Many of today's standard treatments for cancer are based on earlier clinical trials. Patients who take part in a clinical trial may receive the standard treatment or be among the first to receive a new treatment.
Patients who take part in clinical trials also help improve the way cancer will be treated in the future. Even when clinical trials do not lead to effective new treatments, they often answer important questions and help move research forward.
Patients can enter clinical trials before, during, or after starting their cancer treatment.
Some clinical trials only include patients who have not yet received treatment. Other trials test treatments for patients whose cancer has not gotten better. There are also clinical trials that test new ways to stop cancer from recurring (coming back) or reduce the side effects of cancer treatment.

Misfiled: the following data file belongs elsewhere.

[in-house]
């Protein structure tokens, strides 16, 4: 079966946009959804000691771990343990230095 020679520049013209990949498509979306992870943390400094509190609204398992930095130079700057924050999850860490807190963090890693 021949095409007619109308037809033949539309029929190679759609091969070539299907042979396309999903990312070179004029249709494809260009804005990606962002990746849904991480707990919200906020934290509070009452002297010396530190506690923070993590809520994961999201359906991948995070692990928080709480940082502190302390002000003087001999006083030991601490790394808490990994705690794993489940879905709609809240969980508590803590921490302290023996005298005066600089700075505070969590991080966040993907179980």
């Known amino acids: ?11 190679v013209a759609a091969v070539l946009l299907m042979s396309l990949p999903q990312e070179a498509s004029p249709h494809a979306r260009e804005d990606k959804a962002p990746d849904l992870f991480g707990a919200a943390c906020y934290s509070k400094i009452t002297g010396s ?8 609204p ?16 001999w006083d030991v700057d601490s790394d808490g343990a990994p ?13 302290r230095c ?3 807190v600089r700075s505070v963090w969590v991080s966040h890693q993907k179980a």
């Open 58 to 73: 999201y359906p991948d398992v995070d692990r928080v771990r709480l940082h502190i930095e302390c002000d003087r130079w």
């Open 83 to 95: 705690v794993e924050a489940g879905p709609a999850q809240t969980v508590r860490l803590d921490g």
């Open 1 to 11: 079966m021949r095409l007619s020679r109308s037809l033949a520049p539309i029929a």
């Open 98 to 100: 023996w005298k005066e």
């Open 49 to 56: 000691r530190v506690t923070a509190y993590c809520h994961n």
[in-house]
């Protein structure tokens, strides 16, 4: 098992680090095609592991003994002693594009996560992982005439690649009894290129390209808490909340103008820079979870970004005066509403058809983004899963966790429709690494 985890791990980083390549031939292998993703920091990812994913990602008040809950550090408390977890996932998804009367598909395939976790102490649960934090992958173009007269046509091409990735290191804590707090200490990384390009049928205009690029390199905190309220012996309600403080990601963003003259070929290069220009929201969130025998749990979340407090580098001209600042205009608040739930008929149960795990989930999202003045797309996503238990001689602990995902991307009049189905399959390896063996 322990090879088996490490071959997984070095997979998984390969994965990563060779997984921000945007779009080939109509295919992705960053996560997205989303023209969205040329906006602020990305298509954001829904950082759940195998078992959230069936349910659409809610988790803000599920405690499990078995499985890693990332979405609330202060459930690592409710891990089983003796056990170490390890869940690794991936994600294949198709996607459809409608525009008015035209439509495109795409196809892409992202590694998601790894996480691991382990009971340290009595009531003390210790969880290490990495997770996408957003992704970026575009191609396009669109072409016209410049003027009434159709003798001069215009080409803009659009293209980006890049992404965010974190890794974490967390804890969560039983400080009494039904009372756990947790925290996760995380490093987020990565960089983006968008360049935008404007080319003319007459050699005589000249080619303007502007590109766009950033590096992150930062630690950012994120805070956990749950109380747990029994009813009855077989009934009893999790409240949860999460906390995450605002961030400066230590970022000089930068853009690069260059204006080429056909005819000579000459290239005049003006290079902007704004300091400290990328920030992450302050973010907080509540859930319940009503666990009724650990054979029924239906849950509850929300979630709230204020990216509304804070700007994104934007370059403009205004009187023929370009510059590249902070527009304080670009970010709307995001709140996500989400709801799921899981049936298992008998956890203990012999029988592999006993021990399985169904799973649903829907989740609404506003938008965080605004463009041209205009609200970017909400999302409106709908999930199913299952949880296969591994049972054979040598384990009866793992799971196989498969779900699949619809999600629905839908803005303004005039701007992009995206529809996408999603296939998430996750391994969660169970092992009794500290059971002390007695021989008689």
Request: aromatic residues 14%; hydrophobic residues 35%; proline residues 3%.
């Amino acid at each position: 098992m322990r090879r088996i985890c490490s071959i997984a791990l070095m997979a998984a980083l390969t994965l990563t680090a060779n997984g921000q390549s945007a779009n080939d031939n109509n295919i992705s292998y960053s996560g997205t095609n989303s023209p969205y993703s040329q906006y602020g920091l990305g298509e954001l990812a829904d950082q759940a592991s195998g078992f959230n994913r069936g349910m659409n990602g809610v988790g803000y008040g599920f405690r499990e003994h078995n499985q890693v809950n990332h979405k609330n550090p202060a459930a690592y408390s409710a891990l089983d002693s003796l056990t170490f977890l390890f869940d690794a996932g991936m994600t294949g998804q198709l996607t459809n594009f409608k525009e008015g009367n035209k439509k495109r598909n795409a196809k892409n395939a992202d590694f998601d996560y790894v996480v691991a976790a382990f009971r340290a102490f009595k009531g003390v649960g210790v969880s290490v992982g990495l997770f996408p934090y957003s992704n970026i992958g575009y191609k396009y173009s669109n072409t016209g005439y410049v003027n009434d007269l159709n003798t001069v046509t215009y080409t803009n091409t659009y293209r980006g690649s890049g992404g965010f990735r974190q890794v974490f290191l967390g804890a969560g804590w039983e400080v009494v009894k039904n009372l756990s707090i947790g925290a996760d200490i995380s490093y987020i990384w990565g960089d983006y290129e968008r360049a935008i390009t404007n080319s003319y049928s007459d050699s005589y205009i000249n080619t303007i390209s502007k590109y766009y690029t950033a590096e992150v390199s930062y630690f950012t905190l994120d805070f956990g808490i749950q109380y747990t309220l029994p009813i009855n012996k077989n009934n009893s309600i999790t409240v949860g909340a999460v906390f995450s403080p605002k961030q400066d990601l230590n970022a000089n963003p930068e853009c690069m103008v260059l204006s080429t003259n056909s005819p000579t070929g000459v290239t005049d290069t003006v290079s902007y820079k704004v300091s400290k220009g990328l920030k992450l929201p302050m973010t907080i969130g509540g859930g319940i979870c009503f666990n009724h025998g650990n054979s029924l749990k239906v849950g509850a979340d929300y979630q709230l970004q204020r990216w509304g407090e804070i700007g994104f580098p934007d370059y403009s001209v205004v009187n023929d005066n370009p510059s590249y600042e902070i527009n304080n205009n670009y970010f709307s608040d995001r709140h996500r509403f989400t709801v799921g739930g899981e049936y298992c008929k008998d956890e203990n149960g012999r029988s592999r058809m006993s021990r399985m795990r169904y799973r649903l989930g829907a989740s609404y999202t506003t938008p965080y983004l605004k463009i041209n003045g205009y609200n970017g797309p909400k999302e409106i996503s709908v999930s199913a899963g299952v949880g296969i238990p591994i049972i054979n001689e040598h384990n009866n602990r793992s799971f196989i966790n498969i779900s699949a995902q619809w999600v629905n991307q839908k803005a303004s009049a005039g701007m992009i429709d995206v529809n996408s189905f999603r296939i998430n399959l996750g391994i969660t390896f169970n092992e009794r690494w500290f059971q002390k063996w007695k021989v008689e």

Clinical trials are taking place in many parts of the country. See the Treatment Options section that follows for links to current treatment clinical trials. These have been retrieved from NCI's listing of clinical trials.
Follow-up tests may be needed.
Some of the tests that were done to diagnose the cancer or to find out the stage of the cancer may be repeated. Some tests will be repeated in order to see how well the treatment is working. Decisions about whether to continue, change, or stop treatment may be based on the results of these tests. This is sometimes called re-staging.